Heading to Hurakabra on the Essequibo

Via an introduction from an old cruising friend (thanks, Jack!), Kit and Gem Nascimento had e-mailed us and invited us to anchor off their Hurakabra (Her-rah-KAH-bra) River Resort and avail ourselves of the amenities … showers, internet, a place to hang out on land and more. We planned to take advantage of their generous offer. We departed the Grass Islands at first light near the end of the rising tide affording us lots of water for the transit back to Bartica and then downriver a few miles. Mist rose off the river and mingled with the smoke of morning cook fires ashore. misty morning on essequibo river

By the time we'd wended our way across the river, the sun was up and Bartica was coming alive. We'd met some of the Close family on the American yacht, Daystar, and wished we could spend more time with them, but they were heading out. They're a family of four in their third year of sailing on a 43' Mason ketch with a website cleverly entitled Close Quarters. We hailed on the VHF to say goodbye, chatted for a moment, then signed off.

daystar anchored off bartica

Another boat was anchored off Bartica as well, but we hadn't seen the name. The radio crackled again, hailing us. One of the miracles of cruising, it was Barry and Sue on Crazy Diamond, cruising friends whom we hadn't seen since New Zealand. They'd just arrived from Brazil and needed to clear in. We made plans to get together at Hurakabra in the coming days. Big world … small world.

There were two routes to Hurakabra shown in the cruising guide. One was about 13 nm and required us to go downriver a few miles, cross the river via a channel, then come back upriver again. The second route was a bit more sketchy. It was only 3 miles from Bartica, but mentioned that the route passed over a shoal area that provided about 7' at mean high. Since we draw 7'2”, we were a bit leery about this route. David mulled it over a bit and using the known offset on the chartplotter, plotted us a different route past Calf Island, then connecting with the deeper, more northern route a bit further downstream. A total distance of 6 nm with much more water under the keel. Though it worked like a charm, the many unknowns and unplotted hazards of this river along with missing navigational aids had us motoring slowly and carefully.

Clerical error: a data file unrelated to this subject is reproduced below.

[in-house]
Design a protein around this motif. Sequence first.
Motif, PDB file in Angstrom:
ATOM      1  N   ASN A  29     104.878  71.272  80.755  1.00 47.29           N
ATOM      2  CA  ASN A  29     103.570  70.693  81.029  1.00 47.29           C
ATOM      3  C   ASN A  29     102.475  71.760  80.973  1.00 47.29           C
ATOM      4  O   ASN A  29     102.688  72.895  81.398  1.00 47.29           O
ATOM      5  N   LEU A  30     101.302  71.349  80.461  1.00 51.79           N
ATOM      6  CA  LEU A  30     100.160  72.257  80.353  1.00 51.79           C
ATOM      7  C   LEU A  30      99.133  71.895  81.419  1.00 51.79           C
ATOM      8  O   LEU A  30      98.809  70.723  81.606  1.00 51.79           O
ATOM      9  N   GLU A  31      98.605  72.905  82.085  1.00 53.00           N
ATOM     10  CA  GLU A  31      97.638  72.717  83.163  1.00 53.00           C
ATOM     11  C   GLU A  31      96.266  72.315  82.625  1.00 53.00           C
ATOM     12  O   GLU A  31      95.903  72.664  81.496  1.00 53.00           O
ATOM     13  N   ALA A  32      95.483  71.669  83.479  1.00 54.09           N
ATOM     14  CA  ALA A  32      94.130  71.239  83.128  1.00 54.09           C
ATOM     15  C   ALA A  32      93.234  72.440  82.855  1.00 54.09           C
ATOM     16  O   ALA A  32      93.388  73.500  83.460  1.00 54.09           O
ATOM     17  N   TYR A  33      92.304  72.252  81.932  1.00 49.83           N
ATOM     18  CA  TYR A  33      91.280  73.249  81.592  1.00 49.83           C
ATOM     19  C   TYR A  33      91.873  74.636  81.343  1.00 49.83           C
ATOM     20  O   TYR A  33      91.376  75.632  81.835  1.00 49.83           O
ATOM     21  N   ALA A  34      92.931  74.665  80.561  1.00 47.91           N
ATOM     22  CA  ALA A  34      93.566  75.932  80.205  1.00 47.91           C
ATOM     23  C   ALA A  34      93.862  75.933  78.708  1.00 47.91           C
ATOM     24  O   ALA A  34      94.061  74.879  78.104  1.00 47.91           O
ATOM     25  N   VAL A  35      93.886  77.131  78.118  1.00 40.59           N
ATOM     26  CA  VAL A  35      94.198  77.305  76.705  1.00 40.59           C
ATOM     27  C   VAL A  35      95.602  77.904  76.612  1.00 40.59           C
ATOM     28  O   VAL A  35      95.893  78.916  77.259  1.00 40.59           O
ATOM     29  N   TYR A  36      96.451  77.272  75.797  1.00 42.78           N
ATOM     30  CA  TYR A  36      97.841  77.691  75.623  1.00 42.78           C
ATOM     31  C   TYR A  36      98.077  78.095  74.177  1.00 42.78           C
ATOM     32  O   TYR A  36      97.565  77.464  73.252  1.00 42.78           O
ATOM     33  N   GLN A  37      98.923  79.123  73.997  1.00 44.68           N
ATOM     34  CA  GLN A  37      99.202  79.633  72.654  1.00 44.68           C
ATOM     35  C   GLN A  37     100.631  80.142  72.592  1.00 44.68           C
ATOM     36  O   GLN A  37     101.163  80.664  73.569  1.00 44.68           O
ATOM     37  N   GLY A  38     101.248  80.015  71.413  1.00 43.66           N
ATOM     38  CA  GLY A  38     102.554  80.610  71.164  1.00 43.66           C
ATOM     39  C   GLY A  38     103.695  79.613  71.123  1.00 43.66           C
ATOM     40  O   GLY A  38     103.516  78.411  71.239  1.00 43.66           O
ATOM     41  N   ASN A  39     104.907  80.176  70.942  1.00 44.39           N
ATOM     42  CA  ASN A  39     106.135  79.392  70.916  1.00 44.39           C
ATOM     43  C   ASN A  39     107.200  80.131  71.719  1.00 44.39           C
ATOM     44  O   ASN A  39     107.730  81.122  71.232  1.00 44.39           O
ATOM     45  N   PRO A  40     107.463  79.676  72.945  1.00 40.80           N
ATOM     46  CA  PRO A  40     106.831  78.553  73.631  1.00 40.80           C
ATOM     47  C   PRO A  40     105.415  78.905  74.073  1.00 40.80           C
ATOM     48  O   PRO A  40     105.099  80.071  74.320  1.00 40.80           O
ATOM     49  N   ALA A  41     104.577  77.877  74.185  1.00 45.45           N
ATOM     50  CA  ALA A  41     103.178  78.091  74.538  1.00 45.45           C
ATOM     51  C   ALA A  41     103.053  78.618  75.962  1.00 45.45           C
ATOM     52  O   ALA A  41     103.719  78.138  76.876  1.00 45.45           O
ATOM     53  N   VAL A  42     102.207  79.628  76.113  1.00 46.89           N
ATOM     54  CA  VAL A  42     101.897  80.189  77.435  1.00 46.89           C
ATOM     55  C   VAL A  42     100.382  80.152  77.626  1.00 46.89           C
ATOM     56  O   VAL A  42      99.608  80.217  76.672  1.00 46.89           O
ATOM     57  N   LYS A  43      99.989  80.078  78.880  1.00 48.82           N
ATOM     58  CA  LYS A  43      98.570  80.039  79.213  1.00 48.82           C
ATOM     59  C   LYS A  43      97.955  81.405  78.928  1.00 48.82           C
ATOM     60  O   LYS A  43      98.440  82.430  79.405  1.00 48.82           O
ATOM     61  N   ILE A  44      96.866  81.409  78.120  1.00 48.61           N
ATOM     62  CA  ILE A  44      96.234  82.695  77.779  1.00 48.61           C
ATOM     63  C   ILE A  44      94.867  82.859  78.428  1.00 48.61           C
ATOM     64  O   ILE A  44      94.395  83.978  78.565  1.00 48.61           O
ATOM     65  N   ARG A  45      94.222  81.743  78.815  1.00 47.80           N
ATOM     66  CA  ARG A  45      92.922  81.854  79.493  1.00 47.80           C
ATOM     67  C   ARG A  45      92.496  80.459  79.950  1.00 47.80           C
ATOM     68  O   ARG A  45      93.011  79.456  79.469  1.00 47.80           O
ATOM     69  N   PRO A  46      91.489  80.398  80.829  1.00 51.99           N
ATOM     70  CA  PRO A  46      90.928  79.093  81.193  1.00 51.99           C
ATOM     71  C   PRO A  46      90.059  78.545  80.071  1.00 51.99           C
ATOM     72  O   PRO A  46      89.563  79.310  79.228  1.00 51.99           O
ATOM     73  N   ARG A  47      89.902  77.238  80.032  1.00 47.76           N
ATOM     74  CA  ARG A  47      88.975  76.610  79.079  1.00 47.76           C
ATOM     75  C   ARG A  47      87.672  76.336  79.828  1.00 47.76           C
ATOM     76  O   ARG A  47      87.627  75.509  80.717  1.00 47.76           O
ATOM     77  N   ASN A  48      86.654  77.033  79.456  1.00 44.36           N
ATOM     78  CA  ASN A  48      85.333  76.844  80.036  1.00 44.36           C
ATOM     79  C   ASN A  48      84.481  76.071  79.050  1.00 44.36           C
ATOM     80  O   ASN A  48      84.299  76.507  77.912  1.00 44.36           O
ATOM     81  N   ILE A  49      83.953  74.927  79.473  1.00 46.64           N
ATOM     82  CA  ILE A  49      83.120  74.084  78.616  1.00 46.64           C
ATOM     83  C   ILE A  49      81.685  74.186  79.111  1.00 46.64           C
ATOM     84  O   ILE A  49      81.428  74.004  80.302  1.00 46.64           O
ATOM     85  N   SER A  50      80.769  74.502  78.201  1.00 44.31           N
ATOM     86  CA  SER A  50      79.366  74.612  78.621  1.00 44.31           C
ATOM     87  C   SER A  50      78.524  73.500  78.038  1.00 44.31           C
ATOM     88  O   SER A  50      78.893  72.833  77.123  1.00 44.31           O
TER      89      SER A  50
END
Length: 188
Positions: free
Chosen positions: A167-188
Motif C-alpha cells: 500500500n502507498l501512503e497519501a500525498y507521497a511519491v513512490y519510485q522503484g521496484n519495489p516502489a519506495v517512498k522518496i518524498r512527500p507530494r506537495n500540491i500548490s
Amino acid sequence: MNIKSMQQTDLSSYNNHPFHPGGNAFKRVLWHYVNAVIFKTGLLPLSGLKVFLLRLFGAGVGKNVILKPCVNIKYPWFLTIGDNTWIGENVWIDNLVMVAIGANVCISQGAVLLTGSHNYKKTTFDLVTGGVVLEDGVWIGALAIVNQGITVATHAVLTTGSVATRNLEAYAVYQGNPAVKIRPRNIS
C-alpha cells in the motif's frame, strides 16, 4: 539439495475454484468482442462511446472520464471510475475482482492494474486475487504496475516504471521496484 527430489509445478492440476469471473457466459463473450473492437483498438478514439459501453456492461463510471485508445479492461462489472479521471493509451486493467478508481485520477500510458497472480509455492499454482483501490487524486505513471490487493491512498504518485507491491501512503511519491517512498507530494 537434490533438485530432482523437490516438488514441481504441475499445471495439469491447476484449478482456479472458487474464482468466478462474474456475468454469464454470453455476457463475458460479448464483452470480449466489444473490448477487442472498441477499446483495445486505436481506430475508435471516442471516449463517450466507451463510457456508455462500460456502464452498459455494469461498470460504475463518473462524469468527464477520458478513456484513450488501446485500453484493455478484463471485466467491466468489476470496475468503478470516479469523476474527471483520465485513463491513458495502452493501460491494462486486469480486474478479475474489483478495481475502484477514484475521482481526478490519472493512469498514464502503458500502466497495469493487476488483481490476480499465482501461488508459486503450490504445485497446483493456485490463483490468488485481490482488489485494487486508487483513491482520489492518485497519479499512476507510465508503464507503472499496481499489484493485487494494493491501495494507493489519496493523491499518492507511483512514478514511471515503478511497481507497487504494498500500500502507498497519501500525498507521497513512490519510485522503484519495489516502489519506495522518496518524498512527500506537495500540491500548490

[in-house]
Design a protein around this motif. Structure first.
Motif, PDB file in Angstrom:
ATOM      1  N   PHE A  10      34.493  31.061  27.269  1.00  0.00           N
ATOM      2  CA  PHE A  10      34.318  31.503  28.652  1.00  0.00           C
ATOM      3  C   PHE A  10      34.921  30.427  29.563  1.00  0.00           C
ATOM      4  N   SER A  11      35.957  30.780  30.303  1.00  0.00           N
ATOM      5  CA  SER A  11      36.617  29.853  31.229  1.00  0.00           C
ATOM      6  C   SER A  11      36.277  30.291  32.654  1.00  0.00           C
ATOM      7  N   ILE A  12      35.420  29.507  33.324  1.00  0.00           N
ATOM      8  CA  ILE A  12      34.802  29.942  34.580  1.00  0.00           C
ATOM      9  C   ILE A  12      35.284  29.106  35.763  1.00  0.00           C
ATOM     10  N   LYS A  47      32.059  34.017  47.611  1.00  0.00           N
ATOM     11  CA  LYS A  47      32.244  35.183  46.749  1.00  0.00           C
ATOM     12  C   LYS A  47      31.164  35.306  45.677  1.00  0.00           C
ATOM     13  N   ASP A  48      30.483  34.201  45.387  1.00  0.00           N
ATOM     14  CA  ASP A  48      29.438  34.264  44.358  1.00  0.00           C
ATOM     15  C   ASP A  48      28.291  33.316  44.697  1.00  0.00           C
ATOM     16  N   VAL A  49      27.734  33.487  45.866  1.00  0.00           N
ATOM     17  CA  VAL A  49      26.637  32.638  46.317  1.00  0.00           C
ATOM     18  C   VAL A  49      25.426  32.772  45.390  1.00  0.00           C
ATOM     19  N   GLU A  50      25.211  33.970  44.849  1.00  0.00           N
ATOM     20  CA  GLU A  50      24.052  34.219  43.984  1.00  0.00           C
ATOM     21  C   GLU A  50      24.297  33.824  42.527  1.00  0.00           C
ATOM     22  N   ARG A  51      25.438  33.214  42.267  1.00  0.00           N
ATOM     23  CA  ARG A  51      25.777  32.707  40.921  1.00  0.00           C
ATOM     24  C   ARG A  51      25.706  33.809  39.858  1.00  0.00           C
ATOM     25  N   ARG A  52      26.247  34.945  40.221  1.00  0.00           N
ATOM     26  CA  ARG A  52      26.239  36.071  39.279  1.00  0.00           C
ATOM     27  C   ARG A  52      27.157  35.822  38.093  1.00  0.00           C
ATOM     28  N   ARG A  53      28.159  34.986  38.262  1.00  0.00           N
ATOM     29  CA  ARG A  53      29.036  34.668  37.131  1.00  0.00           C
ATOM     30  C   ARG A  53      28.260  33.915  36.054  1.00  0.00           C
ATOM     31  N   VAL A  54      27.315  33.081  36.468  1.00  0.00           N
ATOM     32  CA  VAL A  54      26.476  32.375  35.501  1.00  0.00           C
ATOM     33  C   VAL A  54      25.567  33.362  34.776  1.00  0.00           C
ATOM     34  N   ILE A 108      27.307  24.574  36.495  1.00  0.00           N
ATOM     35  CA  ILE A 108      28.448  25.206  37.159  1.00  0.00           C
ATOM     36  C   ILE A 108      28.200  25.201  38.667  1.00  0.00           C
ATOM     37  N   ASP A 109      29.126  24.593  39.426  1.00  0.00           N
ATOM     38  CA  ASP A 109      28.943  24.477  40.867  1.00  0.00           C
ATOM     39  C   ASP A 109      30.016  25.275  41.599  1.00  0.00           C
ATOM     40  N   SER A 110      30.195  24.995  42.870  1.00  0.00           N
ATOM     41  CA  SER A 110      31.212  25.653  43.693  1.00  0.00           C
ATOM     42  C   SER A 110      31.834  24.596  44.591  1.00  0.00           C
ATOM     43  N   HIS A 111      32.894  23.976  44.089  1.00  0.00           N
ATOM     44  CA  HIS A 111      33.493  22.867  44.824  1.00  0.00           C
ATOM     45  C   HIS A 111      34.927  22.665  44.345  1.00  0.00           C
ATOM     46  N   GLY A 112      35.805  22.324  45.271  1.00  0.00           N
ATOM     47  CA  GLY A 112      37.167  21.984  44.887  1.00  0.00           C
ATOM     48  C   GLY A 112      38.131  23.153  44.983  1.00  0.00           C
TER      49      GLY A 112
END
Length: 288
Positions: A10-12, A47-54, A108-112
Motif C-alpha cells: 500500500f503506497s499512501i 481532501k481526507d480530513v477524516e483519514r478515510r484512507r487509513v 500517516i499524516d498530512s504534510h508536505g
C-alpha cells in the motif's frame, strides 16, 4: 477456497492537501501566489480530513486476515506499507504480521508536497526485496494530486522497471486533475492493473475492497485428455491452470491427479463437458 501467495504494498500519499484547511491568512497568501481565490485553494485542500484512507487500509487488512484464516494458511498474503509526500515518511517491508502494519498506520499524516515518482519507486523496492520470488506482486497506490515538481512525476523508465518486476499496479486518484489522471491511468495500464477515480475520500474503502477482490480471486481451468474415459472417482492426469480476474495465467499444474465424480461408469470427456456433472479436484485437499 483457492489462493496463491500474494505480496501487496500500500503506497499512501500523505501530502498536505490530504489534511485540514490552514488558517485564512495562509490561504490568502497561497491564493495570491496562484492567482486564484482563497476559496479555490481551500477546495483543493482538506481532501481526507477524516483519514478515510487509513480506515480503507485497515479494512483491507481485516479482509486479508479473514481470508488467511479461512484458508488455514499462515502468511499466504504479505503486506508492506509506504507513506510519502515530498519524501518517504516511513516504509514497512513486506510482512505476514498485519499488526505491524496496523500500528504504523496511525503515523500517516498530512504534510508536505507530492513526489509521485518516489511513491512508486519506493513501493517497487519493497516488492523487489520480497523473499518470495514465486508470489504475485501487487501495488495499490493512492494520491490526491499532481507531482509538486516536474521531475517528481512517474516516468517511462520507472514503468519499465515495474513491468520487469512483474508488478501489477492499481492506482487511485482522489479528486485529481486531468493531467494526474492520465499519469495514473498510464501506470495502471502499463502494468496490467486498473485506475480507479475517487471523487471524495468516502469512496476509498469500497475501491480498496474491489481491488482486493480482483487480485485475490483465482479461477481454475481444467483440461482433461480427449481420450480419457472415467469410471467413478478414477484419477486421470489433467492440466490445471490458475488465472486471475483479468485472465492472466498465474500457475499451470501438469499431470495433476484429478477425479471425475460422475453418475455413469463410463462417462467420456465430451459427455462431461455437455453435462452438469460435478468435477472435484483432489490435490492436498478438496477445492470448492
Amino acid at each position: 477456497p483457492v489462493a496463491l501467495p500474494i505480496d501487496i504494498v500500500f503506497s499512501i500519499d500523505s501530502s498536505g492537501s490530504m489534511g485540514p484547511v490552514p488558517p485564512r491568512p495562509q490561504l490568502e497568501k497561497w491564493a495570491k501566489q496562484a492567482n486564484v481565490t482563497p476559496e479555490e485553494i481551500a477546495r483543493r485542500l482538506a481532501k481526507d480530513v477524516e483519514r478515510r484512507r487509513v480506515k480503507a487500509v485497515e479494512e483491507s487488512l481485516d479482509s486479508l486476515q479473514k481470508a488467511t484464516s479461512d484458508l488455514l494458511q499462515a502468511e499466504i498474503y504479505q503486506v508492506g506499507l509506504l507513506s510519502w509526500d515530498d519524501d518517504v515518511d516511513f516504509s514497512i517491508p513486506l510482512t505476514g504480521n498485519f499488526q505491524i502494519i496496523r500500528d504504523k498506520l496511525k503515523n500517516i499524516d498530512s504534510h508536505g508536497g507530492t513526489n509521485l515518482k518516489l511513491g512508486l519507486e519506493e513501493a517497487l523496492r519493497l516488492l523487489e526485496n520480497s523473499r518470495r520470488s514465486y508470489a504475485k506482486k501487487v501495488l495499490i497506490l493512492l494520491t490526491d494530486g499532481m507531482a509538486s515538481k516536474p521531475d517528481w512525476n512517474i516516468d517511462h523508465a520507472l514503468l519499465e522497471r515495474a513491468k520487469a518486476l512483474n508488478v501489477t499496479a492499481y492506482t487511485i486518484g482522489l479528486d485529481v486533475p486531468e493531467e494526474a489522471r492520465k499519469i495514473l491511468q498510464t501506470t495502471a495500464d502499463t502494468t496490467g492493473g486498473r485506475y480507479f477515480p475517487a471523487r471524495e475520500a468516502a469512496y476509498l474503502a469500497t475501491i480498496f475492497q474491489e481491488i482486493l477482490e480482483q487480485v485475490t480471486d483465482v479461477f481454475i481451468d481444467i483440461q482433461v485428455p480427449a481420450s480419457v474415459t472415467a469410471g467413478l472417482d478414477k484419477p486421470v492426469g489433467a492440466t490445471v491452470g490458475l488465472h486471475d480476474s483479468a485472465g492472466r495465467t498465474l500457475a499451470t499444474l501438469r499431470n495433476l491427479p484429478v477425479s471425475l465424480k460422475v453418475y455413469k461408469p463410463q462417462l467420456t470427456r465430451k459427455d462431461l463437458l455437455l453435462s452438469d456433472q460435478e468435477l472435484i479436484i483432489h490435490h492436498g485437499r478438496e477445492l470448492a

route to hurakabra

Motoring along the west side of the Essequibo now, we passed houses on stilts ashore with colorful boats moored in front.

rover houses on the essequibo river

The distinctive green roof of Hurakabra came into view and the place looked positively inviting. A long pier extends out into the river with a floating dinghy dock. Tall palms and bamboo are interspersed with tall deciduous trees. We could hear birds singing and someone waved from the shore.

approaching hurakabra on the essequibo river

The river really rages during peak tides here. The anchor dug in well and we let out extra scope. After a couple of hours, feeling confident that we were holding, we headed into shore. Mike, the caretaker, greeted us warmly and provided information about Hurakabra as we walked. He took us to the main house for a cool glass of lemonade and a warm welcome from the rest of the staff. The “plantation house” is spacious with shuttered, screened windows and a large overhang covering the veranda which kept us dry from the intermittent rainy season downpours while we did internet.

internet on the veranda at hurakabra

We plan to spend a few days here. There's a jungle walk to take in the early mornings with Mike as our guide. Kit and Gem, our hosts, live and work in Georgetown, but will arrive for the weekend and we're looking forward to meeting them. Crazy Diamond arrived during the afternoon and we're keen to connect and catch up with them...and we still have some inland touring to plan. Stay tuned. We only have a week more here, but it'll be action-packed.

anchored of hurakabra

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